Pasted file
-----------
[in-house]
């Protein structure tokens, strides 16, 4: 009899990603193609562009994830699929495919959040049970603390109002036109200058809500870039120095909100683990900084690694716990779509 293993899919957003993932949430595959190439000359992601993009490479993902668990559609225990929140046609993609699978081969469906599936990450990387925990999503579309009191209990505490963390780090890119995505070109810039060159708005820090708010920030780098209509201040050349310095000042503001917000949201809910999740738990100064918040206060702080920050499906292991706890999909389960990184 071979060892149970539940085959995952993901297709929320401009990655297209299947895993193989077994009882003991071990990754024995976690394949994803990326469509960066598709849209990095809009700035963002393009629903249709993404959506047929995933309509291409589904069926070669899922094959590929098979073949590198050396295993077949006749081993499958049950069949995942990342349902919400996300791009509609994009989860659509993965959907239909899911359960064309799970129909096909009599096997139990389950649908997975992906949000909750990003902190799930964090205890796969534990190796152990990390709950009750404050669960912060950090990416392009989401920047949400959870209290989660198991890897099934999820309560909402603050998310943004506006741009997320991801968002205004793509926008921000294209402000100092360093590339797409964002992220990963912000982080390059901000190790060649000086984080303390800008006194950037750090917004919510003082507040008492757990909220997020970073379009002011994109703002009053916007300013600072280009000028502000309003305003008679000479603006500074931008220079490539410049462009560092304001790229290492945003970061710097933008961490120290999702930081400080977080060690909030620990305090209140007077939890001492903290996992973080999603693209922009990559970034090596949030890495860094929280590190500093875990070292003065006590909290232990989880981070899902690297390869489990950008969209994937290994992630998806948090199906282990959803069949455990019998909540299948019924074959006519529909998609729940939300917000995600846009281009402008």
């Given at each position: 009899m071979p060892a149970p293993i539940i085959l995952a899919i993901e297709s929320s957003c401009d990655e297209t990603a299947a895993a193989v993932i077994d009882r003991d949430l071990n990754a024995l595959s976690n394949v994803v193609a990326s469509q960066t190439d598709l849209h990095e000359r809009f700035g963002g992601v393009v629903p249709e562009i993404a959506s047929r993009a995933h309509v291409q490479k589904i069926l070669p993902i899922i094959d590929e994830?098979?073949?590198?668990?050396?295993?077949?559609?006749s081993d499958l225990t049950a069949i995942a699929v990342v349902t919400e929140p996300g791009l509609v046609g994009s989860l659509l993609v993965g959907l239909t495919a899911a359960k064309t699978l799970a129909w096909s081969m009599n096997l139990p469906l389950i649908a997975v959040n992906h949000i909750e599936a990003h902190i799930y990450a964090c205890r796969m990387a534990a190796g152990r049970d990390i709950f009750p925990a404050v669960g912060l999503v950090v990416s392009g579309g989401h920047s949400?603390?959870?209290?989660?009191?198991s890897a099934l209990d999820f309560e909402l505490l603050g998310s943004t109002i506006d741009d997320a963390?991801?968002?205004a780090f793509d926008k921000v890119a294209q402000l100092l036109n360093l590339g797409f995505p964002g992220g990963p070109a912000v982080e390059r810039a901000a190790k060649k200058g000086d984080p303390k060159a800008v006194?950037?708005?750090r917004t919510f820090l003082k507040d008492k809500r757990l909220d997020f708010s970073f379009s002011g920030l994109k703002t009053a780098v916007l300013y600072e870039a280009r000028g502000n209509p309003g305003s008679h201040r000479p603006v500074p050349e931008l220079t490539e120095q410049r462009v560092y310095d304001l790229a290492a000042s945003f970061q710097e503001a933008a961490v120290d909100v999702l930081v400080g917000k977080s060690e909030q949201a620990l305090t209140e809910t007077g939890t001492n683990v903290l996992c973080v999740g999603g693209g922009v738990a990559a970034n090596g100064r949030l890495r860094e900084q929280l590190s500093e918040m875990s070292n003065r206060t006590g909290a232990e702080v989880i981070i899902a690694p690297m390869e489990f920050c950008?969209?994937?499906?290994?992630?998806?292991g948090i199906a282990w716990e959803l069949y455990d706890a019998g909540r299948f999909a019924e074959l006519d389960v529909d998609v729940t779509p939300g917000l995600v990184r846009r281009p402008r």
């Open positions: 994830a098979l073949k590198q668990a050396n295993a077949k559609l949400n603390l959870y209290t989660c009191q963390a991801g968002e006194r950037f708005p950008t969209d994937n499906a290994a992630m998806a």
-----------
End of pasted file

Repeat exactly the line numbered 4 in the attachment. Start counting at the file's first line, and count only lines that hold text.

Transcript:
């Open positions: 994830a098979l073949k590198q668990a050396n295993a077949k559609l949400n603390l959870y209290t989660c009191q963390a991801g968002e006194r950037f708005p950008t969209d994937n499906a290994a992630m998806a």